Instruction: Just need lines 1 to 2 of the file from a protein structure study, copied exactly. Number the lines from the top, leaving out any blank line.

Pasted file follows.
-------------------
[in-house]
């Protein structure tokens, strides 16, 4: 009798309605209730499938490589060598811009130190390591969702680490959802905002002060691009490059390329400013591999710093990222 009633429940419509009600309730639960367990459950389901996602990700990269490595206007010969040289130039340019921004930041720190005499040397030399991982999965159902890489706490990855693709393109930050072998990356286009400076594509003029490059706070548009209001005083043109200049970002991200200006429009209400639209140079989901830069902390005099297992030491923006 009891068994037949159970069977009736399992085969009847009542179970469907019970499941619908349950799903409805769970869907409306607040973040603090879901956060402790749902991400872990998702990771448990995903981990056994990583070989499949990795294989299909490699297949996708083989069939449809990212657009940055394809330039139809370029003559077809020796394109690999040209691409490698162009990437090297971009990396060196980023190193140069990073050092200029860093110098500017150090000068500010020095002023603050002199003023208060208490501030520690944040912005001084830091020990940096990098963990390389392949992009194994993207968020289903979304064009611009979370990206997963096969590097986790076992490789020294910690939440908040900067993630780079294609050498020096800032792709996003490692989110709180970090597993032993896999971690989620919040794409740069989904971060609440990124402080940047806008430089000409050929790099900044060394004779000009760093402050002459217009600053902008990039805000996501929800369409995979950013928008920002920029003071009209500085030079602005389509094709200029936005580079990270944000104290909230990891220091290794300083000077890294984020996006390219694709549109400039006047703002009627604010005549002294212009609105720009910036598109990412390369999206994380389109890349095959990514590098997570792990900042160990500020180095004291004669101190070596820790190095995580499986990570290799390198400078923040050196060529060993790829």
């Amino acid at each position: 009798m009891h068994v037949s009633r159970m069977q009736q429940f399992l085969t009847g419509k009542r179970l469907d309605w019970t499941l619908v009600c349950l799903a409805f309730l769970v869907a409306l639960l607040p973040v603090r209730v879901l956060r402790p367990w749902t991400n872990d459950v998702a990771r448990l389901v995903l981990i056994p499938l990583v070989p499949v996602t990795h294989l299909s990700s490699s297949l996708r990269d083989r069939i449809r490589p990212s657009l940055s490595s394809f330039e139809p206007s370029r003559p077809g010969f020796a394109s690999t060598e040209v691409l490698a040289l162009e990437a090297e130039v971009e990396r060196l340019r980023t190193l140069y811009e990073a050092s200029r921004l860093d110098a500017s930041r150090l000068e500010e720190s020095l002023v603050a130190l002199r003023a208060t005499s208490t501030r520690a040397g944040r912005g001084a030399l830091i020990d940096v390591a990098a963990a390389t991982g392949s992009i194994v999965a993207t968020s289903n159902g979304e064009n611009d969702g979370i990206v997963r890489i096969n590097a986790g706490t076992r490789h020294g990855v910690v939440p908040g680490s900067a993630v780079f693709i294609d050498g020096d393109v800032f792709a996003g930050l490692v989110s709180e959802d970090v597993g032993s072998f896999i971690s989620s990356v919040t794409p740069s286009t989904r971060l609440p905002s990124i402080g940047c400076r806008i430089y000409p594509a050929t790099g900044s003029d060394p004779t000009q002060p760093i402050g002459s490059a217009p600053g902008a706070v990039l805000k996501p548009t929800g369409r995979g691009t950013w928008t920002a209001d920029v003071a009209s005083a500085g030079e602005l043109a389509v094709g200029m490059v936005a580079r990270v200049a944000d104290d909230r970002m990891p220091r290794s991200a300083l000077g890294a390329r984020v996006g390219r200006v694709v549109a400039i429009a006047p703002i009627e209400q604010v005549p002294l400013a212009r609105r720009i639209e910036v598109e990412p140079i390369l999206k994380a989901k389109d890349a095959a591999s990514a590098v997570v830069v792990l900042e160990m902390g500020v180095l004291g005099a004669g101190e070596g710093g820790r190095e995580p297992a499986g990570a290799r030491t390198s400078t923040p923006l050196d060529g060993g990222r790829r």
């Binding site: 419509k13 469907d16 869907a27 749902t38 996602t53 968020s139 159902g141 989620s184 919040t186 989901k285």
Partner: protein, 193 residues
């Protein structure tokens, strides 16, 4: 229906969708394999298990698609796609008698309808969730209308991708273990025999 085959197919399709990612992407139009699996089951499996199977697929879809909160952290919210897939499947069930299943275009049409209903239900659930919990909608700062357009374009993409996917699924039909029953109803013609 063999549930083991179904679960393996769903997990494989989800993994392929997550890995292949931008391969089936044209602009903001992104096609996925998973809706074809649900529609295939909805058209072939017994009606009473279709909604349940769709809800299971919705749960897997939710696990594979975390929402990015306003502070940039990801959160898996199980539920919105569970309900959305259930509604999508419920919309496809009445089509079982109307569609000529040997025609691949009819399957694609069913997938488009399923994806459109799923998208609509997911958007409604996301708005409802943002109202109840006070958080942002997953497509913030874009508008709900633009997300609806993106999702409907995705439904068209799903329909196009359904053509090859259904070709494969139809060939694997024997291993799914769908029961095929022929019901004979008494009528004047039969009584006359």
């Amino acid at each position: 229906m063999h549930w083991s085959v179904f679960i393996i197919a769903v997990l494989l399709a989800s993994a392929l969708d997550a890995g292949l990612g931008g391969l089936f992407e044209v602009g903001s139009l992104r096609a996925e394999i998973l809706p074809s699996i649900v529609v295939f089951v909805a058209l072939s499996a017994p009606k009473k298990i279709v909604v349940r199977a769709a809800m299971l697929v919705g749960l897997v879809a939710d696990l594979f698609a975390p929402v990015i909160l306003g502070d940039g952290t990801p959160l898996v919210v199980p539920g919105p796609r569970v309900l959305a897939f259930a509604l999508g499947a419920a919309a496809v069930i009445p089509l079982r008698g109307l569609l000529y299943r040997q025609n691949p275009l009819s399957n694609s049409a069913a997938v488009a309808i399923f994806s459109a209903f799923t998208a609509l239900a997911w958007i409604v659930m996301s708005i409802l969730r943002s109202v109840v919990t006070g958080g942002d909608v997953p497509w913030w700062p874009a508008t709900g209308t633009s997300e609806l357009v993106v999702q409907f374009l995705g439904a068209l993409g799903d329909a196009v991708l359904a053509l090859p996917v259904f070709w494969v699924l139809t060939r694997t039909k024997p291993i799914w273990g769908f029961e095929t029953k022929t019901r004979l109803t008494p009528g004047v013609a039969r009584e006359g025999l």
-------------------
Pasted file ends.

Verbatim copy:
[in-house]
């Protein structure tokens, strides 16, 4: 009798309605209730499938490589060598811009130190390591969702680490959802905002002060691009490059390329400013591999710093990222 009633429940419509009600309730639960367990459950389901996602990700990269490595206007010969040289130039340019921004930041720190005499040397030399991982999965159902890489706490990855693709393109930050072998990356286009400076594509003029490059706070548009209001005083043109200049970002991200200006429009209400639209140079989901830069902390005099297992030491923006 009891068994037949159970069977009736399992085969009847009542179970469907019970499941619908349950799903409805769970869907409306607040973040603090879901956060402790749902991400872990998702990771448990995903981990056994990583070989499949990795294989299909490699297949996708083989069939449809990212657009940055394809330039139809370029003559077809020796394109690999040209691409490698162009990437090297971009990396060196980023190193140069990073050092200029860093110098500017150090000068500010020095002023603050002199003023208060208490501030520690944040912005001084830091020990940096990098963990390389392949992009194994993207968020289903979304064009611009979370990206997963096969590097986790076992490789020294910690939440908040900067993630780079294609050498020096800032792709996003490692989110709180970090597993032993896999971690989620919040794409740069989904971060609440990124402080940047806008430089000409050929790099900044060394004779000009760093402050002459217009600053902008990039805000996501929800369409995979950013928008920002920029003071009209500085030079602005389509094709200029936005580079990270944000104290909230990891220091290794300083000077890294984020996006390219694709549109400039006047703002009627604010005549002294212009609105720009910036598109990412390369999206994380389109890349095959990514590098997570792990900042160990500020180095004291004669101190070596820790190095995580499986990570290799390198400078923040050196060529060993790829």